whwh7

The knit was very easy to work with. I prewashed it in warm water and dried it in the dryer. I usually pre-treat my fabrics as aggressively as I dare (just in case they end up in the wrong wash). Even so, I’ll still launder the finished cardigan gently, but I won’t have to worry about any further shrinkage (if my 4-8yr old laundry sorters are off their game).

I can’t tell you how much this fabric shrunk with the pre-wash. But it is a knit and I would expect some shrinkage with any knit, just as I would with many other fabrics I use. In the end, three yards delivered me a very long Megan with not much to spare. I did need to seam the binding a little right near the bottom of the cardigan. If you look closely, you can see slight lumps where those seams have been joined.

whwh2

I absolutely love my new Megan. It turned out even better than I imagined. I cut a size small and made only a few small changes to the pattern. I added a 5/8 inch wedge to the CB (my standard broad back modification). I also added 2 inches to the sleeve length and body length (because I’m tall and I doubt that anyone drafts for 5″10). I decided to cut the back on the fold instead of sewing the CB seam because I could just fit the pieces on my folded fabric.

 The Megan was perfect for this fabric. It showcases the texture of the Saratoga knit beautifully. I actually planned on using the reverse side of it for the binding (but I forgot!).

whwh6

whwh3

I’m going to get a lot of wear out of this new cardigan, during the next few weeks but more likely during Fall now. It is warm and snuggly without being overbearing. The fabric lends a nice weight to the design so it hangs beautifully (but I’m also very glad I reinforced the shoulder seams with clear elastic like the pattern instructions recommended).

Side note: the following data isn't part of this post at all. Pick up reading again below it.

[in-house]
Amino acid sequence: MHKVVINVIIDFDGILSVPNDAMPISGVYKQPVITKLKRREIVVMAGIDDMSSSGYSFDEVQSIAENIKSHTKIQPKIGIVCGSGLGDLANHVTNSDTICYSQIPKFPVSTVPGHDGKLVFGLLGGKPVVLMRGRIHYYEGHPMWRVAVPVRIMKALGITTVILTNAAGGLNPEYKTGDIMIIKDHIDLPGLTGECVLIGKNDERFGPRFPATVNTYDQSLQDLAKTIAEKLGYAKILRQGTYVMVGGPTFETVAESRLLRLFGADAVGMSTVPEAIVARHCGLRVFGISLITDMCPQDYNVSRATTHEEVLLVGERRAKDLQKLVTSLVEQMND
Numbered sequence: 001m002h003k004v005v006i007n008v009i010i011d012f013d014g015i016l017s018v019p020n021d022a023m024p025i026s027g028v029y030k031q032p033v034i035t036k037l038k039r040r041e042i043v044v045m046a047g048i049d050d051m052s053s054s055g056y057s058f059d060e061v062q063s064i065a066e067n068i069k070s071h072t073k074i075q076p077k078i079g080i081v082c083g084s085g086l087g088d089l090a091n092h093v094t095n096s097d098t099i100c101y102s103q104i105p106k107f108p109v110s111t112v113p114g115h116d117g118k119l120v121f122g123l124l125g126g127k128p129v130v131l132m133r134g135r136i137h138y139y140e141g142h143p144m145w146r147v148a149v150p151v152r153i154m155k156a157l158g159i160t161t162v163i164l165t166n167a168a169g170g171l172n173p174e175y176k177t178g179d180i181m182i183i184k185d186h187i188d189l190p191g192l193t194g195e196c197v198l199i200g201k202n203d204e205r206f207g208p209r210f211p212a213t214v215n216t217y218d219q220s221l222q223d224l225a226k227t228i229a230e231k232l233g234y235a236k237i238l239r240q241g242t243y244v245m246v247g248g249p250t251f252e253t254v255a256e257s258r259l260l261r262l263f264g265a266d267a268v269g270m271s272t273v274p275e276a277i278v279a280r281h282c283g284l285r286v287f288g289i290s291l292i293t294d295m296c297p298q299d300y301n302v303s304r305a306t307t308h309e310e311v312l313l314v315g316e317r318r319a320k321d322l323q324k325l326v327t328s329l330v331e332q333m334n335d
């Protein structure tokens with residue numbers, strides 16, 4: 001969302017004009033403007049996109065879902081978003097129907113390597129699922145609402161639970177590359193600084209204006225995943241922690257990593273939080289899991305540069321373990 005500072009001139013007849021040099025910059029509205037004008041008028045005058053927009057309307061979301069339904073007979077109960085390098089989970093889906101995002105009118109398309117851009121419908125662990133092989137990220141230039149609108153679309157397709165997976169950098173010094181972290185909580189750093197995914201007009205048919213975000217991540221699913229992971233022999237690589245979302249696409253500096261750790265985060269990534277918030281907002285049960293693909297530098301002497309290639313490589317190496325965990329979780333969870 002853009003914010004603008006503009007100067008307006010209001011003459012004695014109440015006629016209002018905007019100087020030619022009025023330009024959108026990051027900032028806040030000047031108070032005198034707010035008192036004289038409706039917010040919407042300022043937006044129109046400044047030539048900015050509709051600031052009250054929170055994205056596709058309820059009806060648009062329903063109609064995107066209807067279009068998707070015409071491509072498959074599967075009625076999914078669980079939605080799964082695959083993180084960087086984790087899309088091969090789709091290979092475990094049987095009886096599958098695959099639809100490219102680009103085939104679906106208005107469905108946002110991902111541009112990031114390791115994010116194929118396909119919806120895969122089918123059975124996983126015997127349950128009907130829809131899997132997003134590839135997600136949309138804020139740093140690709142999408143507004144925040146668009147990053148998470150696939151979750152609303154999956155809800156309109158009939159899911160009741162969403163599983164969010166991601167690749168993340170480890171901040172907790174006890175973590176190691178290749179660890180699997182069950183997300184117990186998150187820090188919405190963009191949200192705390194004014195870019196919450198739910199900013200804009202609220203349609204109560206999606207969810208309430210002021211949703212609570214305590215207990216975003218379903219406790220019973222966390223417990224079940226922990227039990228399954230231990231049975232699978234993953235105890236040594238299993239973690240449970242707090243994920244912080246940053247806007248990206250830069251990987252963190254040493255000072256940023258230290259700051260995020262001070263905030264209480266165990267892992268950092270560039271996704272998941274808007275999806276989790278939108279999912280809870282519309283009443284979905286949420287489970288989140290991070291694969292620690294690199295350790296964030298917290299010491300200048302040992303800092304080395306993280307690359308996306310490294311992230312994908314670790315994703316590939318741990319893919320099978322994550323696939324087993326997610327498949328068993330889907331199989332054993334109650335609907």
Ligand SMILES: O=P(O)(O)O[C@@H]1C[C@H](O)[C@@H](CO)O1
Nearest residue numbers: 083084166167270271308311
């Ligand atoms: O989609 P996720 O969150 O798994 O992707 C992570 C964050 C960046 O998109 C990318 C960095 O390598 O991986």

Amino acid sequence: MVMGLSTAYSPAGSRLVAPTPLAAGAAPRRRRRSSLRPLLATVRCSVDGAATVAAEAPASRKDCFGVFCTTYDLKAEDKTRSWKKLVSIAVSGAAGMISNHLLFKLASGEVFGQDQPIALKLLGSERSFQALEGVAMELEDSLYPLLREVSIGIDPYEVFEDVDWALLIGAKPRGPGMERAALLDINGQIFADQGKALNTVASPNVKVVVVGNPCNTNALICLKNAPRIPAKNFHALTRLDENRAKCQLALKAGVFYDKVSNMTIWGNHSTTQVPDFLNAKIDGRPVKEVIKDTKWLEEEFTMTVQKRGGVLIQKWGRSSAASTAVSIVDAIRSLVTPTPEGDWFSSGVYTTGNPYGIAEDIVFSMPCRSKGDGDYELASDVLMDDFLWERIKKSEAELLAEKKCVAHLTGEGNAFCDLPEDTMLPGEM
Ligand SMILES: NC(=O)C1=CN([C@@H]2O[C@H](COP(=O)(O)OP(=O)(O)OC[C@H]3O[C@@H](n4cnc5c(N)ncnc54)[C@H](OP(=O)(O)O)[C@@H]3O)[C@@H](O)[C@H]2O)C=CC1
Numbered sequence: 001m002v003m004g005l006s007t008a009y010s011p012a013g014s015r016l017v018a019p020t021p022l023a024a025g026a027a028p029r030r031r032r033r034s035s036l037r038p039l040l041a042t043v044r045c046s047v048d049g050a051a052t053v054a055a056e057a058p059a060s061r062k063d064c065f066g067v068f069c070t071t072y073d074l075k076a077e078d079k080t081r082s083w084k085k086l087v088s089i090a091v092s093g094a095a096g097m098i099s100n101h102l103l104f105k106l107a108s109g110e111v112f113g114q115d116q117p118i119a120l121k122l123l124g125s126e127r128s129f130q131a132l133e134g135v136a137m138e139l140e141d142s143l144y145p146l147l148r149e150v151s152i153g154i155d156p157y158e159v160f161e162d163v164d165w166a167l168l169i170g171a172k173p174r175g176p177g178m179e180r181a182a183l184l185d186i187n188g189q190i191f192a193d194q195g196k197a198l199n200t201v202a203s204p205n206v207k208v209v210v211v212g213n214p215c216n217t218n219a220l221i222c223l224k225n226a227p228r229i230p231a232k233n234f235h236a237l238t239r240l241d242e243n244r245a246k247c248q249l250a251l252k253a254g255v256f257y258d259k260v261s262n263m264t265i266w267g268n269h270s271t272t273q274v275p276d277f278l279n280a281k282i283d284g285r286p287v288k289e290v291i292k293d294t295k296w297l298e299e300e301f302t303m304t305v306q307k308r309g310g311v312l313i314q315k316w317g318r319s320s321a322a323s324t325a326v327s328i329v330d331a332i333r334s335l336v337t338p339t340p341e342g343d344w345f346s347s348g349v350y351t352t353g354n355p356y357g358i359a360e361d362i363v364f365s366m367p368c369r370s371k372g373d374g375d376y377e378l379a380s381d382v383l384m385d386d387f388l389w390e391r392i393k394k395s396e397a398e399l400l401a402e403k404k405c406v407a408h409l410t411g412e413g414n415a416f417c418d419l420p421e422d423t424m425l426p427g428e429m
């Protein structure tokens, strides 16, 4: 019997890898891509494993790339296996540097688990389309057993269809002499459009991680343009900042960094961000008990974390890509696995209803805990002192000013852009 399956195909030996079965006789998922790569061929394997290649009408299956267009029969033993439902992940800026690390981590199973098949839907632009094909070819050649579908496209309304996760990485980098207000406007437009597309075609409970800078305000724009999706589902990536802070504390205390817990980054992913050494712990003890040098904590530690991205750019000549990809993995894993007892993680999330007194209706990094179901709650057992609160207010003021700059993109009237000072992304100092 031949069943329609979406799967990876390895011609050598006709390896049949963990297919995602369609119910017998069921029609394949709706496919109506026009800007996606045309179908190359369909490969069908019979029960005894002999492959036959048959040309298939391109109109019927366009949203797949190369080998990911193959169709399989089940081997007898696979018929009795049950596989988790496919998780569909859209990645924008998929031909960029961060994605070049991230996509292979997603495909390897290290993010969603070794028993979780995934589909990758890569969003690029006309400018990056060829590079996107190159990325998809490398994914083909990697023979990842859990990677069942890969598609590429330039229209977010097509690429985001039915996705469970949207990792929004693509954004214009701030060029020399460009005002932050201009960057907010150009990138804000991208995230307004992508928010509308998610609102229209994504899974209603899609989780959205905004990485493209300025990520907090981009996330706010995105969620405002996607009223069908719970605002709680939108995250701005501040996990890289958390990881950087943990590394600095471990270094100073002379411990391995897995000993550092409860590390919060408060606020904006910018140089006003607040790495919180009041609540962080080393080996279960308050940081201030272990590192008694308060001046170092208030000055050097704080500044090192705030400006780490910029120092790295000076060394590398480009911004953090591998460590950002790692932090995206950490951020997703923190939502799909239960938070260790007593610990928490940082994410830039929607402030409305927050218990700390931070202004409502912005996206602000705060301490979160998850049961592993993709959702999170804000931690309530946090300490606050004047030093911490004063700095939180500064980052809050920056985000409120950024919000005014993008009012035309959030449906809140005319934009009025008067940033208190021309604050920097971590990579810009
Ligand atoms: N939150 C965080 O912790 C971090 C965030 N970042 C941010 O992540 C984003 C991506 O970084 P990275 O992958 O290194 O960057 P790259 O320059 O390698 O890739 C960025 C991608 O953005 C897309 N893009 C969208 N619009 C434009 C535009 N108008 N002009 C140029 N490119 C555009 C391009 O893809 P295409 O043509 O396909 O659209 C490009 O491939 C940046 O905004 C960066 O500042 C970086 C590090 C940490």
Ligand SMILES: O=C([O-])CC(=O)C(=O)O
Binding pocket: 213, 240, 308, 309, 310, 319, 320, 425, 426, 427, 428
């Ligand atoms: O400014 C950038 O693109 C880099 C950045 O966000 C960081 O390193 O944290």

At the end of the day, I cannot recommend O! Jolly! knits highly enough. I know I was lucky enough to receive this yardage for free, but I’m planning to return as a paying customer at the end of the year. The possibilities are endless!

White lace dress

One great thing about living in the USA is that my birthday is in Summer here! I’m so much more inspired to dress up and head out for the night in the middle of Summer. The end of June always seems so cold and dark in Sydney (relatively speaking).

To be perfectly honest though, I’ll use any excuse to sew a nice dress. Yes, there’s still over a month until my birthday, but several years ago I came up with best birthday strategy ever. For the next month, many sentences will begin with, “It’s my birthday soon, so…”. If I really stretch it, I can milk my birthday for a good eight weeks, which could possibly turn into several dinners out, maybe some new shoes, fabric…and you’ve already seen my “birthday” sunnies if you follow me on Instagram.

whitelace2

whitelace5

But let’s get back to the birthday dress. It is my own design, albeit a very simple one, and also one you’ve seen before. The skirt is the only real part of the design I changed, moving and adjusting the pleats a bit to create the volume and shape of the skirt. I also moved the zipper to the back and left it exposed (because it is a bit fancy!).

whitelace10

whitelace11

I’ve been calling the outer fabric lace, for want of a better word. Perhaps it is, perhaps it isn’t. It is actually faux leather embroidered on scuba mesh. Surprisingly though, it is very stable. There isn’t much stretch in that mesh so I was able to turn the fabric on the cross grain to utilise the mesh edging/selvedge as a hem. I decided that the lining needed to be black for contrast and cotton for breathability under the spongy synthetic exterior.

Now, the construction of this dress is where things went a little Pete Tong. My original plan was to partially line the bodice, just like this blue Milly dress. However, after sewing all the seams  (of the outer fabric) and serging them, I realised that the underside of the lace was so hard and scratchy that the dress would be unwearable if it was left even partially unlined. I could have used silk organza blocked into the top part of the lining and sewn it as a full lining, but I didn’t have the right shade of nude on hand and I just wanted to get on with it.